Nurse Fired in Drug Theft at Billings Clinic

A Billings Clinic nurse was fired after he was caught stealing narcotics intended for patients. KTVQ.com reports that the hospital disclosed the drug diversion late Tuesday afternoon, after contacting 341 patients who may have been affected. Billings Clinic reported the matter to state and federal authorities, who are now investigating for possible criminal prosecution. In yesterday’s statement, Billings Clinic said it learned that the former nurse in its Cardiac Cath Lab had been stealing the synthetic opioid Fentanyl, more than 50 times more powerful than heroin, since October 2016. The identity of the nurse who has been terminated wasn’t released, other than to say the former employee started working at the Clinic in August 2016. Clinic officials described the drug theft, saying for the last five months the nurse exchanged Fentanyl with saline, a sterile salt water solution.

Posted to kctr.vncnews.com
Mar. 29, 2017 9:46 AM CST
by rhancock

Bank Fire, No Local Option Tax

First Interstate Bank on Main Street was evacuated Tuesday morning for a fire in the building’s basement.
Billings Fire Department Assistant Chief Bill Rash said that after the initial call at 11:30 a.m., first responders found smoke and flames in the lower level. The building was evacuated and no one was injured. The Billings Gazette reports the fire was caused by an electrical failure in the wiring.

A Senate committee has tabled a local option tax authority bill as of Tuesday, probably killing it for the current legislative session. Senate Bill 331, or the Local Option Infrastructure Investment and Property Tax Relief Act, was defeated in the Taxation Committee yesterday by a 7-5 vote. The Gazette reports two Billings senators, Republicans Roger Webb and Tom Richmond, voted against the bill. A similar measure in 2015 could not find a sponsor.

Nurse Fired in Drug Theft at Billings Clinic

A Billings Clinic nurse was fired after he was caught stealing narcotics intended for patients. KTVQ.com reports that the hospital disclosed the drug diversion late Tuesday afternoon, after contacting 341 patients who may have been affected. Billings Clinic reported the matter to state and federal authorities, who are now investigating for possible criminal prosecution. In yesterday’s statement, Billings Clinic said it learned that the former nurse in its Cardiac Cath Lab had been stealing the synthetic opioid Fentanyl, more than 50 times more powerfulo than heroin, since October 2016. The identity of the nurse who has been terminated wasn’t released, other than to say the former employee started working at the Clinic in August 2016. Clinic officials described the drug theft, saying for the last five months the nurse exchanged Fentanyl with saline, a sterile salt water solution.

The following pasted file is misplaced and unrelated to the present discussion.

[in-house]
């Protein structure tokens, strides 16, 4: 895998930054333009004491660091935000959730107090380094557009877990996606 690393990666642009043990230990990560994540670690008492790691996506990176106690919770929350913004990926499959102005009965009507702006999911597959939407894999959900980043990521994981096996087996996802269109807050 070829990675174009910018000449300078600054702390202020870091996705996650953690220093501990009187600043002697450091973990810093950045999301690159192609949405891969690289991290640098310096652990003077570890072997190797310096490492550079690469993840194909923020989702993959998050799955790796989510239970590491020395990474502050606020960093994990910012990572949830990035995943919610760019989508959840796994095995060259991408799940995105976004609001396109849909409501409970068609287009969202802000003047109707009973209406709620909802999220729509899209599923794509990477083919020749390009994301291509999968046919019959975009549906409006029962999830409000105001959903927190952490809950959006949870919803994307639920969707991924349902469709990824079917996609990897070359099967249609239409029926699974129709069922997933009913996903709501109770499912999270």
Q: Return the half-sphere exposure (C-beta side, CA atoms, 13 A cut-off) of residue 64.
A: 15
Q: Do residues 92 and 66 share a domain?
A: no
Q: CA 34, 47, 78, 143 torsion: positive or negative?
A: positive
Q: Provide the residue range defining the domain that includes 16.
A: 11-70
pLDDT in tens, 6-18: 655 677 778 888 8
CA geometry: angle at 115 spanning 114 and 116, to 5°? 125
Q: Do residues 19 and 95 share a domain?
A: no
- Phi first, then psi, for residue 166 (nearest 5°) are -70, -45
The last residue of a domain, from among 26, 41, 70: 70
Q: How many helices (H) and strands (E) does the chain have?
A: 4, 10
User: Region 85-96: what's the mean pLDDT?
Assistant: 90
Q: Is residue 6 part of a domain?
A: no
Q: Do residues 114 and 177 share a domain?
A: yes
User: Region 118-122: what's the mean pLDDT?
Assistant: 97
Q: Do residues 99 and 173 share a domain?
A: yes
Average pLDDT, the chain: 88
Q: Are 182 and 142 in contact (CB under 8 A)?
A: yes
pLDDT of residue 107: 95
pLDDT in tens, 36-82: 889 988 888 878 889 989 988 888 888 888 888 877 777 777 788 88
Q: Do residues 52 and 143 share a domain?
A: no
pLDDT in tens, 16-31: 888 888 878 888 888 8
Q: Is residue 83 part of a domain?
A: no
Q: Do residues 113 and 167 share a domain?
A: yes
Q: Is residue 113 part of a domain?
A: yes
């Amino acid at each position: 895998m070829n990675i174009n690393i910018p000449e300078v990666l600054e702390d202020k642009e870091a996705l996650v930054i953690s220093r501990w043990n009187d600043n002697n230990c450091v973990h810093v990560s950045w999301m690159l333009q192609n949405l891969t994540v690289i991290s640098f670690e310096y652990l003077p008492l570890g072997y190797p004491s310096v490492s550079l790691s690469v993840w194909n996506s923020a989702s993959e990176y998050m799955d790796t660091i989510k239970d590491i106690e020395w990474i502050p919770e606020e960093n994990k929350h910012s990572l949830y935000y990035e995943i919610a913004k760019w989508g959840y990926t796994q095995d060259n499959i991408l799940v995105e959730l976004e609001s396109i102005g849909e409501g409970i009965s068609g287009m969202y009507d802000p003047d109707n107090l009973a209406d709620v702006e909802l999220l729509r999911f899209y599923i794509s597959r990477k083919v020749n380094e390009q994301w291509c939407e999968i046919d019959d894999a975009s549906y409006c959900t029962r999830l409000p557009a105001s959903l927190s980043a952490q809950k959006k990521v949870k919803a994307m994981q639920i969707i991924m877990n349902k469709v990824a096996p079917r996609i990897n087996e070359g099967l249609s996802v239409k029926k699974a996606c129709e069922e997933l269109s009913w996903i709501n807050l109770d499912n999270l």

Billings Council Dismisses Ethics Board

The Billings City Council repealed the city’s ethics ordinances and dismissed its Board of Ethics on Monday, opting instead for a system where the Yellowstone County Attorney’s office will evaluate ethics complaints.
The Gazette reports that by a unanimous vote of 8-0 with Councilman Al Swanson abstaining, the city will adopt ethics standards and enforcement procedures already found in Montana statute. Council members Angela Cimmino and Chris Friedel were not in attendance.
The council’s action is similar to measures taken in large cities like Missoula, Kalispell, Helena and Great Falls.
Cathy Grott, the newest member of the now defunct board, asked the council to consider leaving the board in place. Another board member said that if the Billings Ethics panel had received training on how to conduct their hearings, there wouldnt have been as many complaints in 2015.

Laurel Principal Ousted, Students Protest

A group of Laurel high school students planned a protest this morning in defense of their ousted principal. KTVQ.com reports that the Laurel School District Board of Trustee voted against renewal of the contract of High School Principal Edward Norman on Monday. Superintendent Linda Filpula recommended to the board a [quote] “non-renewal of a non-tenured certified principal.” [end quote] It’s unclear why she recommended Norman’s contract not be renewed. Filpula did not respond to a request from KTVQ for comment. The recommendation of the non-renewal was listed as “without cause.” Hundreds of people packed the meeting Monday night. About 70 people spoke out during the meeting with 67 showing support for Norman, including students, staff and parents.
After the meeting, a group of students began work on protest signs. None of them were given a reason for Principal Norman’s non-renewal.